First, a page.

Nadeem Mazen, 34, was set to declare his run as a Democrat for a district northwest of Boston, a seat that comes open next year as 71-year-old Representative Niki Tsongas opts not to seek a sixth term in office.
The state’s best-known Muslim elected official, Mazen plans to focus his campaign on economic issues. His attempt to jump from a municipal office to Congress is in keeping with the spirit of Jetpac, the activist group he launched in February aimed at encouraging more Muslims to seek elected office.
He is also prepared to face questions about his faith, as polls show many Americans take a dim view of Muslims, their memories colored by the Sept. 11, 2001, attacks and the 2013 Boston Marathon bombing.
“People don’t understand what it means to me to have a Muslim faith and to believe that faith compels me to serve every American and to serve the Constitution,” Mazen said in an interview, Reuters reported.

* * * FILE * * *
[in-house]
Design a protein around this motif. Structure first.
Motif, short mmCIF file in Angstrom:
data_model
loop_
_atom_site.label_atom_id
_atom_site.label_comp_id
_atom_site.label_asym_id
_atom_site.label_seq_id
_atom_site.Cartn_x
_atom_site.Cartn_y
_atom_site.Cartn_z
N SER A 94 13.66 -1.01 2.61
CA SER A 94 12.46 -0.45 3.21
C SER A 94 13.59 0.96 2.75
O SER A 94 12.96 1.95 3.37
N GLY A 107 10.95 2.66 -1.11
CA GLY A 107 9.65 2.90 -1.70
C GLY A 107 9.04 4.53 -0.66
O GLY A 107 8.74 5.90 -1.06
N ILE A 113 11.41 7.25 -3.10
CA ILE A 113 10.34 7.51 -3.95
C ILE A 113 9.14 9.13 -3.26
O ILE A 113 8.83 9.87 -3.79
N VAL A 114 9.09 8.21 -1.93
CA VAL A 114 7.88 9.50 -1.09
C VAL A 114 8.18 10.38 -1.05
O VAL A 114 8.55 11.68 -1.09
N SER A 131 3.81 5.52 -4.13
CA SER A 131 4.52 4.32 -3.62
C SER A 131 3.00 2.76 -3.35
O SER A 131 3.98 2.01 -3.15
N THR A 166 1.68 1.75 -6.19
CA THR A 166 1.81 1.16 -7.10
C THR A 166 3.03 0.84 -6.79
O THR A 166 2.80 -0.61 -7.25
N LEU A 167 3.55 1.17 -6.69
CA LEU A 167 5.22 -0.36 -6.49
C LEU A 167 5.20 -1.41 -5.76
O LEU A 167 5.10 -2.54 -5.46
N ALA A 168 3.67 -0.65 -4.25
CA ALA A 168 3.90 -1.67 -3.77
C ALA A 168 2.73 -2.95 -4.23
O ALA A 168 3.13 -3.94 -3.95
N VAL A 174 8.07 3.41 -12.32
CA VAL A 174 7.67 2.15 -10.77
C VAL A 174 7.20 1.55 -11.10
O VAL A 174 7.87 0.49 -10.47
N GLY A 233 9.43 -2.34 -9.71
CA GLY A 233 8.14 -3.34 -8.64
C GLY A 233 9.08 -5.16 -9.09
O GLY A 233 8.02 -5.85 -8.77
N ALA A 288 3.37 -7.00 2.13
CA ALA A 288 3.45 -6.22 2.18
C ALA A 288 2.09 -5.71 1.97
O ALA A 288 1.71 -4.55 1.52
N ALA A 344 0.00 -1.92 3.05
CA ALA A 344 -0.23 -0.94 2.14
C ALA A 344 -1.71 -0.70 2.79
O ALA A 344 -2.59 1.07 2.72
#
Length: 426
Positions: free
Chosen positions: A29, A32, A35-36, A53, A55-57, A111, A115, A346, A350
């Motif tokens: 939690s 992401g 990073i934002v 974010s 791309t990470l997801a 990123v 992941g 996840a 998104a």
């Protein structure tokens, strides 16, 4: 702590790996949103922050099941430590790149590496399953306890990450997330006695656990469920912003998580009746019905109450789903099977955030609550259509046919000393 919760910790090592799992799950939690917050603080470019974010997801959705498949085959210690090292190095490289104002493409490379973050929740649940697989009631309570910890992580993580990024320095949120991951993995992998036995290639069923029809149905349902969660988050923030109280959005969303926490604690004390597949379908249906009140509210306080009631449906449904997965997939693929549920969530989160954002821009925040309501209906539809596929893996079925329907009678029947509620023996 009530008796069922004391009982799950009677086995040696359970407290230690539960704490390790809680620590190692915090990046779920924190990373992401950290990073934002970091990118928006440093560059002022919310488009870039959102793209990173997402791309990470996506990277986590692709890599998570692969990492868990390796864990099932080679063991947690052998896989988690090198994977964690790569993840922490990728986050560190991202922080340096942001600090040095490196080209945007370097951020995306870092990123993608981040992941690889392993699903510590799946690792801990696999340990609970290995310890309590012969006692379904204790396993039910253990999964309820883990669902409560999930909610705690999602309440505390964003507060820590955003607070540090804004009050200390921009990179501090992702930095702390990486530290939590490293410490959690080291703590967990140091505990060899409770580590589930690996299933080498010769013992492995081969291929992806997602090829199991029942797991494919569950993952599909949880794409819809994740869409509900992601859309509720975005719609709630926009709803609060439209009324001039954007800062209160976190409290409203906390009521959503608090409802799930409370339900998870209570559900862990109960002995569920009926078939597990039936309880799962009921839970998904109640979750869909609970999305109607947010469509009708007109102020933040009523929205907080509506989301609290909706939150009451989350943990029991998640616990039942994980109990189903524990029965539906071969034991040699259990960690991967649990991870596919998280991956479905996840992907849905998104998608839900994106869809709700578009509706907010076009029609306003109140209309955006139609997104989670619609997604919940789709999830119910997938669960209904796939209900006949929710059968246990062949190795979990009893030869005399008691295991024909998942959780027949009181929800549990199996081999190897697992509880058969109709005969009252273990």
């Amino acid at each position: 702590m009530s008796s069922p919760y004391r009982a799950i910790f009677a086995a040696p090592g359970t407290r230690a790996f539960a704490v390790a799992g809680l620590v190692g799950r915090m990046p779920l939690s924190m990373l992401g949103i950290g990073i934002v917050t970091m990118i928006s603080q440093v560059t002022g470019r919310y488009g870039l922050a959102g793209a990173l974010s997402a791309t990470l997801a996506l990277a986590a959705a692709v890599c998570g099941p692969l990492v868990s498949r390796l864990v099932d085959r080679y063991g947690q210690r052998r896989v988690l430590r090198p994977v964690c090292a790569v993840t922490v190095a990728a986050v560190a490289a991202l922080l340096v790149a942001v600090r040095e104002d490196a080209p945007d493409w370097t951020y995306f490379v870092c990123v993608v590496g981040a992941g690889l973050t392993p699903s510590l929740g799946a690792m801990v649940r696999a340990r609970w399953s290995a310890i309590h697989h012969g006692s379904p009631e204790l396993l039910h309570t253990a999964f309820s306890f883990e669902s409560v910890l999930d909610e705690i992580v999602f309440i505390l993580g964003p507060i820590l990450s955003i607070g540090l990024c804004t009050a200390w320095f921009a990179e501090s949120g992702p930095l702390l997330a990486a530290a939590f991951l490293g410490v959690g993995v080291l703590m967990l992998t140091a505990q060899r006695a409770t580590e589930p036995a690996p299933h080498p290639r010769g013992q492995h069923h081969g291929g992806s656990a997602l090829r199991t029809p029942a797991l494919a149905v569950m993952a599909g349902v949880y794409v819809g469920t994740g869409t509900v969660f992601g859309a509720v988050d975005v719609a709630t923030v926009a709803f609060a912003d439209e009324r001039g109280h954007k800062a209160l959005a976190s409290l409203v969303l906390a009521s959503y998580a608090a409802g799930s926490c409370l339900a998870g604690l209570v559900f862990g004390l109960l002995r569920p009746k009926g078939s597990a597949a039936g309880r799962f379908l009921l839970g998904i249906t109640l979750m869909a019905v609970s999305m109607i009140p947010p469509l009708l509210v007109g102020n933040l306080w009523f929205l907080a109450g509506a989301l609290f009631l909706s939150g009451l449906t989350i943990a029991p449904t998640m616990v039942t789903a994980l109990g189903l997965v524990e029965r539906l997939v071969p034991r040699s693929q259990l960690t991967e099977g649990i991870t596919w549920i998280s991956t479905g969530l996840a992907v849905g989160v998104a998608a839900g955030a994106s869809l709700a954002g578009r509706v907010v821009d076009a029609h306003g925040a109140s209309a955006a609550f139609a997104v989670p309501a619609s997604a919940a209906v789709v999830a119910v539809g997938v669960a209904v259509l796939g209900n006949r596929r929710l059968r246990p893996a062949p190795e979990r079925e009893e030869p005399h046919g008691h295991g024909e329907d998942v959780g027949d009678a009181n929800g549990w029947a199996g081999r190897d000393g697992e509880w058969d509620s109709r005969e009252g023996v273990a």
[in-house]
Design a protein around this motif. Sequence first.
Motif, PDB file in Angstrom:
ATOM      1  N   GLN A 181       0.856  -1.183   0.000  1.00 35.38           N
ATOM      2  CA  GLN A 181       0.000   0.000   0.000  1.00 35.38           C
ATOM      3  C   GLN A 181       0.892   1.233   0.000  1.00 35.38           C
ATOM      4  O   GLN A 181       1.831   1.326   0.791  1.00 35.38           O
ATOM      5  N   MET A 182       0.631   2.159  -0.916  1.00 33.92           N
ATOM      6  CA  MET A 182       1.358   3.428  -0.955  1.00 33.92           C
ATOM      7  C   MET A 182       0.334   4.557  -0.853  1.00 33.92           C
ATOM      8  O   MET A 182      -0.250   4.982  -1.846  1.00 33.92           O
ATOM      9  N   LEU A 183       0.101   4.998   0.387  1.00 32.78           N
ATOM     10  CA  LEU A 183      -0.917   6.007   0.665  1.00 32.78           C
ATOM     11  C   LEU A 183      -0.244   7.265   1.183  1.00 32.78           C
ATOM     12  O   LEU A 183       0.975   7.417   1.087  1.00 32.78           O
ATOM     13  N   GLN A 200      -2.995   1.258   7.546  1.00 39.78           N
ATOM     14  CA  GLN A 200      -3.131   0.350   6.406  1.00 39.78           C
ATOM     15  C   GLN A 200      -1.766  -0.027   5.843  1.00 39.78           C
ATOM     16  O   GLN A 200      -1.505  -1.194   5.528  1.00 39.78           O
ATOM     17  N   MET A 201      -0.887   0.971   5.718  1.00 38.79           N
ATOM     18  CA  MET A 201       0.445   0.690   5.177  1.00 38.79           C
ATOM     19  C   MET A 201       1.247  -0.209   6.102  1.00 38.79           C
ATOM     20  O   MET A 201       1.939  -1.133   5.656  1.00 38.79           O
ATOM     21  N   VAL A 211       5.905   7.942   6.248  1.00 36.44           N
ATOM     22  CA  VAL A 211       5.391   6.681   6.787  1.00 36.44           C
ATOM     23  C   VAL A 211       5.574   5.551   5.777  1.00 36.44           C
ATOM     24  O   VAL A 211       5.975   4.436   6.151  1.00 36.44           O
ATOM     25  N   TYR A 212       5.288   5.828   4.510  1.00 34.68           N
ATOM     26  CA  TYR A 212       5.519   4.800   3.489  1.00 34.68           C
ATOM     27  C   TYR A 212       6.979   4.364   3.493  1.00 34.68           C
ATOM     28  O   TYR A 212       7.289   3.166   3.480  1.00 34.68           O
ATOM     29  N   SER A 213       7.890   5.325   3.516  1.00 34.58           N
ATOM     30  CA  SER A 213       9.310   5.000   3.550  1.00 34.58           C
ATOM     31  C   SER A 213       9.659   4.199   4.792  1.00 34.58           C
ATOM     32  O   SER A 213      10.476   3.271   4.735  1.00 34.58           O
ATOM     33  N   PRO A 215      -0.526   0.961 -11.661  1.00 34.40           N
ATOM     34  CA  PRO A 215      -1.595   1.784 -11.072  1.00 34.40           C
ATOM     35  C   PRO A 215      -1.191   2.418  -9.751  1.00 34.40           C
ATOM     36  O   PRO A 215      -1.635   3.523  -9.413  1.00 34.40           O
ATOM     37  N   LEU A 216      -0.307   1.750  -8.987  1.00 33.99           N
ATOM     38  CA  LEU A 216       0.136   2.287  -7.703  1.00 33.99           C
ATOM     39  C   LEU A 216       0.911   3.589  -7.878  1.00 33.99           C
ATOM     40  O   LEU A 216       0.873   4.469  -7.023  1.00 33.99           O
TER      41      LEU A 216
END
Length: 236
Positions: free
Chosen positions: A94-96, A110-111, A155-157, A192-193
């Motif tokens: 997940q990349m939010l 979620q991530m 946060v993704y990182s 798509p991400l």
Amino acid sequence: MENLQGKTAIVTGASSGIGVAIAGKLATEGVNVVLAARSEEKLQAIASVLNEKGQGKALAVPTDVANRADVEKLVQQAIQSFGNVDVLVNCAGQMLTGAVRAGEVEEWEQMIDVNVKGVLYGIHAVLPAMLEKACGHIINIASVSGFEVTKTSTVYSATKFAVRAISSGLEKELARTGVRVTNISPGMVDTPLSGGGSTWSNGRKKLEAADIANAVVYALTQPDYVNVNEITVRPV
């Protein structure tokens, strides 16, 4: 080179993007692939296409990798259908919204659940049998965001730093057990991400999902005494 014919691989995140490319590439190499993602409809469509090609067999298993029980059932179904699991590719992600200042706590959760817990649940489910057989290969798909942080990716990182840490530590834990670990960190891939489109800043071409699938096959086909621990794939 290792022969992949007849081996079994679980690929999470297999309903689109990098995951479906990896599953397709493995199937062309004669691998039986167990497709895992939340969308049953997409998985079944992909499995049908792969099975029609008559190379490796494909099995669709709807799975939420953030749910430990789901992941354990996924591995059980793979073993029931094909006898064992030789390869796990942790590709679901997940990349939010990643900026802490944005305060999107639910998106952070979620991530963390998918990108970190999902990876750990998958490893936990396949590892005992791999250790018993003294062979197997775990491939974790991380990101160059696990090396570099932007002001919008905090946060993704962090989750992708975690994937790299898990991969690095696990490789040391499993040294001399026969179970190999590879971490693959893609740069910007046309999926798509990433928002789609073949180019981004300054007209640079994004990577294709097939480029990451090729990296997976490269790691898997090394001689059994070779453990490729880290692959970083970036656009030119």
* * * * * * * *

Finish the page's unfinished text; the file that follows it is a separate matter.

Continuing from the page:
If successful, he could join US Representatives Keith Ellison of Minnesota and Andre Carson of Indiana as the third Muslim in Congress.
Mazen’s faith is unlikely to be held against him in a liberal-leaning region, said Jeffrey Berry, professor of political science at Tufts University.
“This is a liberal electorate, particularly in the primary … I don’t believe they’re going to regard Mazen’s religion as a problem,” Berry said. “But it’s not enough of a pull for this district to get them to vote for him as opposed to the others.”
Other possible Democratic candidates include state Senator Barbara L‘Italien; 2014 candidate for lieutenant governor Steve Kerrigan; Daniel Koh, former chief of staff to Boston Mayor Marty Walsh, and hotelier Abhijit Das.